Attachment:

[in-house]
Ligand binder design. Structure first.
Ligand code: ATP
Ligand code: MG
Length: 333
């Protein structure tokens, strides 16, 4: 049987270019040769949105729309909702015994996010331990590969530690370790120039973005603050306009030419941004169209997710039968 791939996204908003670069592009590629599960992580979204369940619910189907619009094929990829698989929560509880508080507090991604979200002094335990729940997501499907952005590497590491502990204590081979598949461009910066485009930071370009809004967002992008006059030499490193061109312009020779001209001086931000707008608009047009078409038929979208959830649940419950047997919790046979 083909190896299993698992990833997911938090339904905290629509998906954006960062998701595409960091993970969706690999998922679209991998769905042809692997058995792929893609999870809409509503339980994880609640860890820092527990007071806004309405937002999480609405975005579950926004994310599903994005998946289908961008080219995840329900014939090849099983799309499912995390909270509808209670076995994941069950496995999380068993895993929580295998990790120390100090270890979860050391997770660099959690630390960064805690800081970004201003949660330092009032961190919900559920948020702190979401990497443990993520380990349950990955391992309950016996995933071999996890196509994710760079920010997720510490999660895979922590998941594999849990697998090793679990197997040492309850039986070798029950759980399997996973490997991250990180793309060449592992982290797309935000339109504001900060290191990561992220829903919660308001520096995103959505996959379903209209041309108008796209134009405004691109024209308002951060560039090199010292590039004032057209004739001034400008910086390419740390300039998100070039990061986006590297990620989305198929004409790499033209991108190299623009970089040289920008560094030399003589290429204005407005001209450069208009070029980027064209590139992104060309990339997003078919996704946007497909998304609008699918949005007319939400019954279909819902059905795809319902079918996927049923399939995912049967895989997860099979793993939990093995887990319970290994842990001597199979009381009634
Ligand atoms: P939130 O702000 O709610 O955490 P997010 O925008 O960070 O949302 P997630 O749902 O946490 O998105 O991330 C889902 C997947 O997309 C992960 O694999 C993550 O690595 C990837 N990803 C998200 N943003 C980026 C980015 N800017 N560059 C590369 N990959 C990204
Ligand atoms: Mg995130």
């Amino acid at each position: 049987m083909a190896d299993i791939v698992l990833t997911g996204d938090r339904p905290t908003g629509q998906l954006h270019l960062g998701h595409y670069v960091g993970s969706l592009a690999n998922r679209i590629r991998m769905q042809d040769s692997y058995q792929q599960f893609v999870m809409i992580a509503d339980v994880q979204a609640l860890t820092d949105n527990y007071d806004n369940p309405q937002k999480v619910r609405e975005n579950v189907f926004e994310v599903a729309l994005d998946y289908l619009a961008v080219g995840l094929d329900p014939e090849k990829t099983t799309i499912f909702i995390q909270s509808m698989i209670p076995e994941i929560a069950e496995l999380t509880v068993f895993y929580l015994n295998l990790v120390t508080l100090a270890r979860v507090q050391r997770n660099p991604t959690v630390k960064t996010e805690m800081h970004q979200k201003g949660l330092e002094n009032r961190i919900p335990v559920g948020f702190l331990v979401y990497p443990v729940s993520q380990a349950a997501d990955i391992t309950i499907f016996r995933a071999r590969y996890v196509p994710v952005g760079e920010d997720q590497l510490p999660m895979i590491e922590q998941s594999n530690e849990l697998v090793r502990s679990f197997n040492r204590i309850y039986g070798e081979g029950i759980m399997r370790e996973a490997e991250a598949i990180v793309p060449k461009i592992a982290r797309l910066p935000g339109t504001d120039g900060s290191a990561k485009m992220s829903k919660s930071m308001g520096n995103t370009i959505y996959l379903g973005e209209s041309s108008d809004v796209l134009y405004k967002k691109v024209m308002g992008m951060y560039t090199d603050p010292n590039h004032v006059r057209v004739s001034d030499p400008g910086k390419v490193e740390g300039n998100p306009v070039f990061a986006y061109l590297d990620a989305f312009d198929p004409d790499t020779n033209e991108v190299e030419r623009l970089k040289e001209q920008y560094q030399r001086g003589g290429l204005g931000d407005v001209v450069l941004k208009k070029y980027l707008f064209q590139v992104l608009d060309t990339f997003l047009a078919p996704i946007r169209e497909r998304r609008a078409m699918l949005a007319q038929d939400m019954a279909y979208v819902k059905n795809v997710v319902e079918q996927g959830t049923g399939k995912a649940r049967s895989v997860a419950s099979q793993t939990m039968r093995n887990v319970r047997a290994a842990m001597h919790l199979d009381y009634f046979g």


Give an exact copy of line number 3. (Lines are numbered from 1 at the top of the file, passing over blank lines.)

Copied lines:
Ligand code: ATP